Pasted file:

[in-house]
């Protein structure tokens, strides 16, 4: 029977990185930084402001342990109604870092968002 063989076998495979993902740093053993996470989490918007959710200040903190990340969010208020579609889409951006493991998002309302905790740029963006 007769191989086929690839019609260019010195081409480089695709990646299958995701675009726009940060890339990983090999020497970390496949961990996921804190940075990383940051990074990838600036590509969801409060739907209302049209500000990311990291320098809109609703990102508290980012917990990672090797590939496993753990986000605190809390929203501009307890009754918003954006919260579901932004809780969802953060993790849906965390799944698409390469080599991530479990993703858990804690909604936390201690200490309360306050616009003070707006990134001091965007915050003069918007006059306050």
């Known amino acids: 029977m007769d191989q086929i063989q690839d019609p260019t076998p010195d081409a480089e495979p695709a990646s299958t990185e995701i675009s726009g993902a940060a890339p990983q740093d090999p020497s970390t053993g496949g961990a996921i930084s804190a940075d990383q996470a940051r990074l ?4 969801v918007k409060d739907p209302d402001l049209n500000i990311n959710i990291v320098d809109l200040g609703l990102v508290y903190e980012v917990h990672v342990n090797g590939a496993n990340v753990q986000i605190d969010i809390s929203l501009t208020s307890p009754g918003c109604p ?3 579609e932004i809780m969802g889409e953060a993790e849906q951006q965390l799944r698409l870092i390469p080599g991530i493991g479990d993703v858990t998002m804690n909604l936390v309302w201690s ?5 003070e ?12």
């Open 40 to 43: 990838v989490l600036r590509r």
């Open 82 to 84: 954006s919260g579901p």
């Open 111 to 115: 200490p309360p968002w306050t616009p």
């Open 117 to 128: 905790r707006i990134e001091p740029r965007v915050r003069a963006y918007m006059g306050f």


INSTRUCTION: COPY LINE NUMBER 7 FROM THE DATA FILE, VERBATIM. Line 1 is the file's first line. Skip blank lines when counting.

């Open 117 to 128: 905790r707006i990134e001091p740029r965007v915050r003069a963006y918007m006059g306050f």